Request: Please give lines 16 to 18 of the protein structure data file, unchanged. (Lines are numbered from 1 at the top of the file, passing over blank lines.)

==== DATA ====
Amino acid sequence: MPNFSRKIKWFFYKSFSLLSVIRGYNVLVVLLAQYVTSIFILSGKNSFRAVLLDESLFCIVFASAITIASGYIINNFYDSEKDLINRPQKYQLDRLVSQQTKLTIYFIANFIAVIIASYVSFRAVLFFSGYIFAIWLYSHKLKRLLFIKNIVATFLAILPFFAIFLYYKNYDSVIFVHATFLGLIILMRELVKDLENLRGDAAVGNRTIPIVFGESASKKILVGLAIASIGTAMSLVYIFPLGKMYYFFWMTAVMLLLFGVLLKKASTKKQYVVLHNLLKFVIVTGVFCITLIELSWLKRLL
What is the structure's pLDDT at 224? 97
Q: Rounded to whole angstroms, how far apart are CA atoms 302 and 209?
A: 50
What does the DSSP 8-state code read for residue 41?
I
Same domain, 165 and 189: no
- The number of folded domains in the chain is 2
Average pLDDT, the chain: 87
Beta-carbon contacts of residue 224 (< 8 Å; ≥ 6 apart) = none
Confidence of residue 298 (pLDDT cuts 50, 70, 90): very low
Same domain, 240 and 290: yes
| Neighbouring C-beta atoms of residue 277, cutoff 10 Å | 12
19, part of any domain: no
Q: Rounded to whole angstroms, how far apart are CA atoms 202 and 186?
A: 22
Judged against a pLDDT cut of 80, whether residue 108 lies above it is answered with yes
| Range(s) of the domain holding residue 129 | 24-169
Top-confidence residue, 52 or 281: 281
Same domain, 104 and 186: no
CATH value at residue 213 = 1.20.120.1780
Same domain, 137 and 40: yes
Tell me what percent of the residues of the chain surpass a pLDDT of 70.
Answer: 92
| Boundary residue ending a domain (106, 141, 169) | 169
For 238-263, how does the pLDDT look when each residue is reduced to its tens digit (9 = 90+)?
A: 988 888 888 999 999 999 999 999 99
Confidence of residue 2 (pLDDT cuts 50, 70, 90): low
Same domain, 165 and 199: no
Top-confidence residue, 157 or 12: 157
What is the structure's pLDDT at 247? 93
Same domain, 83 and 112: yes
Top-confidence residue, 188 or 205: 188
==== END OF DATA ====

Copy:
A: 22
Judged against a pLDDT cut of 80, whether residue 108 lies above it is answered with yes
| Range(s) of the domain holding residue 129 | 24-169